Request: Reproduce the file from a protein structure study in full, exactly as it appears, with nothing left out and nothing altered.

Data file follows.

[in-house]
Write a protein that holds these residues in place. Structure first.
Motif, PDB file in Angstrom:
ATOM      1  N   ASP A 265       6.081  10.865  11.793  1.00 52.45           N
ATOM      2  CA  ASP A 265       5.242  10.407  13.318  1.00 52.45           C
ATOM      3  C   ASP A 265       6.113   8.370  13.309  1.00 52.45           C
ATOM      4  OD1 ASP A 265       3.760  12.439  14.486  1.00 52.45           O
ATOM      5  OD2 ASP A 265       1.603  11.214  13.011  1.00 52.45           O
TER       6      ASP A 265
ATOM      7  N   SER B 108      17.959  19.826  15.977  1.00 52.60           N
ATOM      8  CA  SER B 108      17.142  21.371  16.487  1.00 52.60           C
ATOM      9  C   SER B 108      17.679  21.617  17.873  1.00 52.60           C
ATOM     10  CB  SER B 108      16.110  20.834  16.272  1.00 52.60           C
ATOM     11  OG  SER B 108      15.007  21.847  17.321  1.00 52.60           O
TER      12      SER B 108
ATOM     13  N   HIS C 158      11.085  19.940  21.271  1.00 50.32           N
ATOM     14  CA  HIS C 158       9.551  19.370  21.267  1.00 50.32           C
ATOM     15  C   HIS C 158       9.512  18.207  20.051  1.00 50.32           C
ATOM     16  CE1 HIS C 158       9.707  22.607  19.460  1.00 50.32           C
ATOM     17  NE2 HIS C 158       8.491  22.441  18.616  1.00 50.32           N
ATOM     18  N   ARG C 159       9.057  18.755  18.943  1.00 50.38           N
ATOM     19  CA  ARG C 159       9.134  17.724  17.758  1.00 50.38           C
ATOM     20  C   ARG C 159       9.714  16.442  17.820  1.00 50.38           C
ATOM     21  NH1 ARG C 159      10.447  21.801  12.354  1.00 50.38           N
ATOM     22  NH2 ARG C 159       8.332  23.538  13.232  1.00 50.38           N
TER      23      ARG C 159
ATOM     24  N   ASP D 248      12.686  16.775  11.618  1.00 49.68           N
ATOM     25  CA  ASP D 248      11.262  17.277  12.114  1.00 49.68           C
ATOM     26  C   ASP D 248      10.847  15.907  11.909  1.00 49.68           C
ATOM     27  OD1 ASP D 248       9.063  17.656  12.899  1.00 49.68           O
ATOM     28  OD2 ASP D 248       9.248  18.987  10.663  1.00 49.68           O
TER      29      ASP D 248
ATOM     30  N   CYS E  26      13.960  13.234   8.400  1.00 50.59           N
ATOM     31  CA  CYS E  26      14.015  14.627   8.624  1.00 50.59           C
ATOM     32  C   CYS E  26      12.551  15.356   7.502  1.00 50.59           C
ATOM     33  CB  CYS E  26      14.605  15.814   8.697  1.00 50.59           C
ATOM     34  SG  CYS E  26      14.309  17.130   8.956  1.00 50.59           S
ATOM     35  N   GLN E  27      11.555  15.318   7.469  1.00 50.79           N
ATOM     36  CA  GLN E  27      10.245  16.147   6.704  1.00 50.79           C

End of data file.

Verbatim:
[in-house]
Write a protein that holds these residues in place. Structure first.
Motif, PDB file in Angstrom:
ATOM      1  N   ASP A 265       6.081  10.865  11.793  1.00 52.45           N
ATOM      2  CA  ASP A 265       5.242  10.407  13.318  1.00 52.45           C
ATOM      3  C   ASP A 265       6.113   8.370  13.309  1.00 52.45           C
ATOM      4  OD1 ASP A 265       3.760  12.439  14.486  1.00 52.45           O
ATOM      5  OD2 ASP A 265       1.603  11.214  13.011  1.00 52.45           O
TER       6      ASP A 265
ATOM      7  N   SER B 108      17.959  19.826  15.977  1.00 52.60           N
ATOM      8  CA  SER B 108      17.142  21.371  16.487  1.00 52.60           C
ATOM      9  C   SER B 108      17.679  21.617  17.873  1.00 52.60           C
ATOM     10  CB  SER B 108      16.110  20.834  16.272  1.00 52.60           C
ATOM     11  OG  SER B 108      15.007  21.847  17.321  1.00 52.60           O
TER      12      SER B 108
ATOM     13  N   HIS C 158      11.085  19.940  21.271  1.00 50.32           N
ATOM     14  CA  HIS C 158       9.551  19.370  21.267  1.00 50.32           C
ATOM     15  C   HIS C 158       9.512  18.207  20.051  1.00 50.32           C
ATOM     16  CE1 HIS C 158       9.707  22.607  19.460  1.00 50.32           C
ATOM     17  NE2 HIS C 158       8.491  22.441  18.616  1.00 50.32           N
ATOM     18  N   ARG C 159       9.057  18.755  18.943  1.00 50.38           N
ATOM     19  CA  ARG C 159       9.134  17.724  17.758  1.00 50.38           C
ATOM     20  C   ARG C 159       9.714  16.442  17.820  1.00 50.38           C
ATOM     21  NH1 ARG C 159      10.447  21.801  12.354  1.00 50.38           N
ATOM     22  NH2 ARG C 159       8.332  23.538  13.232  1.00 50.38           N
TER      23      ARG C 159
ATOM     24  N   ASP D 248      12.686  16.775  11.618  1.00 49.68           N
ATOM     25  CA  ASP D 248      11.262  17.277  12.114  1.00 49.68           C
ATOM     26  C   ASP D 248      10.847  15.907  11.909  1.00 49.68           C
ATOM     27  OD1 ASP D 248       9.063  17.656  12.899  1.00 49.68           O
ATOM     28  OD2 ASP D 248       9.248  18.987  10.663  1.00 49.68           O
TER      29      ASP D 248
ATOM     30  N   CYS E  26      13.960  13.234   8.400  1.00 50.59           N
ATOM     31  CA  CYS E  26      14.015  14.627   8.624  1.00 50.59           C
ATOM     32  C   CYS E  26      12.551  15.356   7.502  1.00 50.59           C
ATOM     33  CB  CYS E  26      14.605  15.814   8.697  1.00 50.59           C
ATOM     34  SG  CYS E  26      14.309  17.130   8.956  1.00 50.59           S
ATOM     35  N   GLN E  27      11.555  15.318   7.469  1.00 50.79           N
ATOM     36  CA  GLN E  27      10.245  16.147   6.704  1.00 50.79           C